FFT's Andrew Murray was at Anfield to assess high-flying Liverpool's somewhat surprising score-draw with out-of-form Aston Villa...
Lambert's bold formation paid off
Despite Liverpool's excellent home form this season, Paul Lambert sent out his charges in a bold-as-brass 4-3-1-2 formation that was perfectly suited to causing the home side maximum danger. With Philippe Coutinho nominally a left midfielder, and Daniel Sturridge floating in Luis Suarez's slipstream, Lambert knew Raheem Sterling would be the Reds' only wide outlet, so played a tight midfield three of Karim El Ahmadi and Ashley Westwood in front of the back four, with Fabian Delph slightly to the left.
Delph, in particular, was impressive, covering Sterling's forays down the Liverpool right as Lambert's daring was rewarded in the opening 30 minutes. Andreas Weimann played in the hole behind front two Christian Benteke and Gabriel Agbonlahor, who should have scored inside a minute but flicked his shot wide of the target. So too Ashley Westwood, who combines midfield anchor duties with a viciously drilled set-piece delivery.
It took Liverpool 20 minutes to register their first meaningful effort, during which time Villa had already had five shots, including Ciaran Clark's header hitting the post.
Liverpool didn't heed the warning, as first Weimann tapped in, then Benteke added a second. They may have been counter-attacking goals, but it was Villa who made all the early running, thoroughly bossed the midfield and created all manner of problems up front.
Agbonlahor needs to keep attending the party
It seems strange to talk about the jet-heeled forward as his team's elder statesman, but the 28-year-old is undoubtedly Villa's most experienced Premier League player. The raw pace has always been there, but at Anfield there was a cuteness to the Englishman's play, highlighted by two lethal assists, if not that early missed chance.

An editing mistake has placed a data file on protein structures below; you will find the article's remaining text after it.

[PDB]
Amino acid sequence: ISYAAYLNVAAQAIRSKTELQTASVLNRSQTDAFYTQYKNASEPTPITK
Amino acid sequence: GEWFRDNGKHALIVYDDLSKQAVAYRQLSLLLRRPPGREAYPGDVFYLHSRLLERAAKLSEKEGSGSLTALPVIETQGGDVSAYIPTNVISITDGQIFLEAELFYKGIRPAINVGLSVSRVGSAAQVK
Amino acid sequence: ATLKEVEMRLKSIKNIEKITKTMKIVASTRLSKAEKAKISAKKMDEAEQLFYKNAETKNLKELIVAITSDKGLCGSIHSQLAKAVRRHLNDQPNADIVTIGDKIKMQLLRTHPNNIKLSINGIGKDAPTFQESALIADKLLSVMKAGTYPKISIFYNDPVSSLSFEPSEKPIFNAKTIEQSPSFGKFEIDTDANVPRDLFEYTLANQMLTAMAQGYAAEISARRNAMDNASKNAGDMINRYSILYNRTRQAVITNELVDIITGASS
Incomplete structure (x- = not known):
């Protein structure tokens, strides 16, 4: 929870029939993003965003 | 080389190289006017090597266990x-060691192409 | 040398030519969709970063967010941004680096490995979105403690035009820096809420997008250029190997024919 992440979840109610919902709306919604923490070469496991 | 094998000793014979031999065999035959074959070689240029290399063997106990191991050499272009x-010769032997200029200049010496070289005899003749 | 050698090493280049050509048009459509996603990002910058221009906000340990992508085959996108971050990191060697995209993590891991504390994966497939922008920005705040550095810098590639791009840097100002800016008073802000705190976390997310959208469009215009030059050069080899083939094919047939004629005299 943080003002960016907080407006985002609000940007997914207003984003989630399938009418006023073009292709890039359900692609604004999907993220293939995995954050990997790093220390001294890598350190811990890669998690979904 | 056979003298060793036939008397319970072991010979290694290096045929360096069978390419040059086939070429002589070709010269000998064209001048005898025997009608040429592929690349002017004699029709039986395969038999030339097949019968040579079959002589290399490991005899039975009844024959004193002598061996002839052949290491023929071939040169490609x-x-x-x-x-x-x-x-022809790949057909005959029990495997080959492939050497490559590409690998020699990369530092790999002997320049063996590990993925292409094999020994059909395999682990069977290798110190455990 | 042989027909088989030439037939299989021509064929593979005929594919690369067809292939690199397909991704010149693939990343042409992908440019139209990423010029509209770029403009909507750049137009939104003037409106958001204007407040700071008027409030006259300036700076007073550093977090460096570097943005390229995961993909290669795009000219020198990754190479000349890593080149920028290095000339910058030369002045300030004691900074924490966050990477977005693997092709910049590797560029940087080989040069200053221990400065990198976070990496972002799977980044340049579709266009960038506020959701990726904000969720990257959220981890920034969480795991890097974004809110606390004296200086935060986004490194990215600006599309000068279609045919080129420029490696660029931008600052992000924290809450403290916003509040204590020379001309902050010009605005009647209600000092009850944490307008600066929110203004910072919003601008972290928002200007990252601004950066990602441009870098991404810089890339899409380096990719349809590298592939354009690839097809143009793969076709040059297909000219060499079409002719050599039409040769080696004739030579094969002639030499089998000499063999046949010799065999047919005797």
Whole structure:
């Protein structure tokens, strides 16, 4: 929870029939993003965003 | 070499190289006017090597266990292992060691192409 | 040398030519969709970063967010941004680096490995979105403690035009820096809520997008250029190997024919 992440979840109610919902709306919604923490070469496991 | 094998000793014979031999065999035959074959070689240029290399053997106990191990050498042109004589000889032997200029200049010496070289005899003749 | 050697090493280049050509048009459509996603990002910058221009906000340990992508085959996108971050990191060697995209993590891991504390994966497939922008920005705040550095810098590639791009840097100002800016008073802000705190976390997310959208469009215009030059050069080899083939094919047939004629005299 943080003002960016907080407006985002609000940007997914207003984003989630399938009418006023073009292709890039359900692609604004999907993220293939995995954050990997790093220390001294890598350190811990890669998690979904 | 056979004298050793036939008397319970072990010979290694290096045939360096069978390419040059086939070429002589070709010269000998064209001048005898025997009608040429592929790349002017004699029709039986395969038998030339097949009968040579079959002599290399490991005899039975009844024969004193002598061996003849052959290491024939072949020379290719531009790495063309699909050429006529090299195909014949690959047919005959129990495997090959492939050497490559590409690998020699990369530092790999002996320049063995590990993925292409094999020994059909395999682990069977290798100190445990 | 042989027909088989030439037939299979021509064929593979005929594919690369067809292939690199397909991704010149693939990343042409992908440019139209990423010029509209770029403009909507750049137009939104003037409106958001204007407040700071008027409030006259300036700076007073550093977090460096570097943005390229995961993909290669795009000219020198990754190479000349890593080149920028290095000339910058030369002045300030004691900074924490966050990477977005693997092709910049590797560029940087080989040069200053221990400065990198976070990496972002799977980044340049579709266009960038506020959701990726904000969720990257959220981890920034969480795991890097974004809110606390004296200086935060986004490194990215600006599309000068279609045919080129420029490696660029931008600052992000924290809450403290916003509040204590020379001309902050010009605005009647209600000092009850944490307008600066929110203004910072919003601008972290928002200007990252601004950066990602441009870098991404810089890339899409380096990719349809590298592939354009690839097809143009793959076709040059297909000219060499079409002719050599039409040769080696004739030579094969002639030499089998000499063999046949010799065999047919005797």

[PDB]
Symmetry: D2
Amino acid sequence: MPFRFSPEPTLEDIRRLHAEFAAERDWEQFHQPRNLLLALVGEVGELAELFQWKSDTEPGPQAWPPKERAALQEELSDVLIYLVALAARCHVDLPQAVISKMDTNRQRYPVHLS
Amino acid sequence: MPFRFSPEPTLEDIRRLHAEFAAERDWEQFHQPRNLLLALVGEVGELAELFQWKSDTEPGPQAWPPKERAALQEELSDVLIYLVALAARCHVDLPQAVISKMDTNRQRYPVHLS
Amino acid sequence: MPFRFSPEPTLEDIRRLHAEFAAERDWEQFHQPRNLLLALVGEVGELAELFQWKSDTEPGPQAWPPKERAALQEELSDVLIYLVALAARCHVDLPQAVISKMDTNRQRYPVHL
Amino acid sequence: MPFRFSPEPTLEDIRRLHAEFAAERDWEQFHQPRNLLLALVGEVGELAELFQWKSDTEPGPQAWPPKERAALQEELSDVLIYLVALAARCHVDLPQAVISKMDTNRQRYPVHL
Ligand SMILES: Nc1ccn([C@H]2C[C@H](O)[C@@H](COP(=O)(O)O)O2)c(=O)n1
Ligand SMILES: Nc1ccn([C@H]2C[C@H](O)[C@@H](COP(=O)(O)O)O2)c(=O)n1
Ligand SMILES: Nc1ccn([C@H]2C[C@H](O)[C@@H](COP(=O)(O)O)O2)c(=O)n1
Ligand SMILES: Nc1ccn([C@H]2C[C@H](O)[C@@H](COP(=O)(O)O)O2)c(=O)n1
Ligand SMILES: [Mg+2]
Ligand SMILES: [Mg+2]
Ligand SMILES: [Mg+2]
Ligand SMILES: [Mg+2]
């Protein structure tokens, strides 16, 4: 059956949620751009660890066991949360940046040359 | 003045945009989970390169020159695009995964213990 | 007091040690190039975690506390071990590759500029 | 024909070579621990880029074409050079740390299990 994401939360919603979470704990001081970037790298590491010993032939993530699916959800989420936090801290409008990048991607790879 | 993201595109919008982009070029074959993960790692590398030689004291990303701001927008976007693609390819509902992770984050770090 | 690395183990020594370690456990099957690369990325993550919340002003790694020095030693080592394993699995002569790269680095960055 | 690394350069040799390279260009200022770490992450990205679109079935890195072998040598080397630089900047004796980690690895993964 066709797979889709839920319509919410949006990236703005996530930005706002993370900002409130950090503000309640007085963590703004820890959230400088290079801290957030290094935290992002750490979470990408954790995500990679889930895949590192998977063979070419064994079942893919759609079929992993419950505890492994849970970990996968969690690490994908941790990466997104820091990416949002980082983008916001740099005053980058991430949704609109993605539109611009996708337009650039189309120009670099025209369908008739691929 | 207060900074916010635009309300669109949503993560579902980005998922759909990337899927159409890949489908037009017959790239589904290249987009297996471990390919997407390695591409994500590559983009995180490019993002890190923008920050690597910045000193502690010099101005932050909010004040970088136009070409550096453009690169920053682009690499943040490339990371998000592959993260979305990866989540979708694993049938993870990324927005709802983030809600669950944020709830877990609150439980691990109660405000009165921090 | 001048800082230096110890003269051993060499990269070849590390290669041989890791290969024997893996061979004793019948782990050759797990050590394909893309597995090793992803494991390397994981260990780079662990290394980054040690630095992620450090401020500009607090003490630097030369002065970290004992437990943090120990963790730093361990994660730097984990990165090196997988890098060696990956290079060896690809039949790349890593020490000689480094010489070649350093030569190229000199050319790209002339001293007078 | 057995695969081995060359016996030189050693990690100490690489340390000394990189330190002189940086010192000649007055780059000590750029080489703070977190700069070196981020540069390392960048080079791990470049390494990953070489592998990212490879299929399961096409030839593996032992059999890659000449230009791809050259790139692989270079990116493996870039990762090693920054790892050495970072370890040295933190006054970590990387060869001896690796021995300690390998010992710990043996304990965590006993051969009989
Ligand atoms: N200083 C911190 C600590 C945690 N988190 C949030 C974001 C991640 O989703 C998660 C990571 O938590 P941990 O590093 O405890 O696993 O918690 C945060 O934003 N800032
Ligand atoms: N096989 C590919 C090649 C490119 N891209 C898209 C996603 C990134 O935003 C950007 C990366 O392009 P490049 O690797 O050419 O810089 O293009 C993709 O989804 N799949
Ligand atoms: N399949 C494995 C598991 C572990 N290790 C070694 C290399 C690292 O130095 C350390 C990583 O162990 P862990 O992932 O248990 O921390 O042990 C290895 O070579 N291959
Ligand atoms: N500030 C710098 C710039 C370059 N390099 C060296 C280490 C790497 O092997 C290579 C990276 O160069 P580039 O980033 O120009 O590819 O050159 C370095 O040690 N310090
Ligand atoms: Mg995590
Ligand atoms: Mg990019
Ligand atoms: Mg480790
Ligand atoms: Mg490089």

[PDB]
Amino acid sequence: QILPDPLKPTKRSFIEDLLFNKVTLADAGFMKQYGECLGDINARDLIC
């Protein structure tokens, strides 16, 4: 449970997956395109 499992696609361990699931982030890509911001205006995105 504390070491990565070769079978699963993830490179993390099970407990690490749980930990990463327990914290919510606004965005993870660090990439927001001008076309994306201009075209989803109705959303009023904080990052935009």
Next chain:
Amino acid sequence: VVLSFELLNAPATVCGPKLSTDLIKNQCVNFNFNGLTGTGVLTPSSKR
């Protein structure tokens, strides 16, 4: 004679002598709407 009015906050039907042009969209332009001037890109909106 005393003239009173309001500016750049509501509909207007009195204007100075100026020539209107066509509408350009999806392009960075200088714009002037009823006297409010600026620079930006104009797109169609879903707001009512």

The first was classic Agbonlahor. Receiving the ball on the inside left channel after Suarez had tried one trick too many in the Villa box, Agbonlahor drove at Kolo Toure, zipped past the Ivorian with a lightning step-over and fizzed across the six-yard box for Weimann to open the scoring. But the second was more nuanced. This time picking up the ball on the right wing, with Liverpool left-back Aly Cissokho caught upfield chasing his own long ball, Agbonlahor drew Toure and Steven Gerrard towards him and curled a pacy cross into the box. Mayhem ensued. Simon Mignolet clutched thin air, Glen Johnson was caught under the ball and Benteke couldn't help but head home.
When Agbonlahor left proceedings five minutes into the second half – unable to shake off a first-half collision with the advertising hoardings – to be replaced by debutant Grant Holt, the difference couldn't have been greater. No more pace, no more counter-attacks, no more threat. Perhaps Holt, only recently arrived from Wigan, was distracted by the pitchside adverts for Dunkin' Donuts, Liverpool's new coffee and pastry suppliers.
How do you solve a problem like Philippe?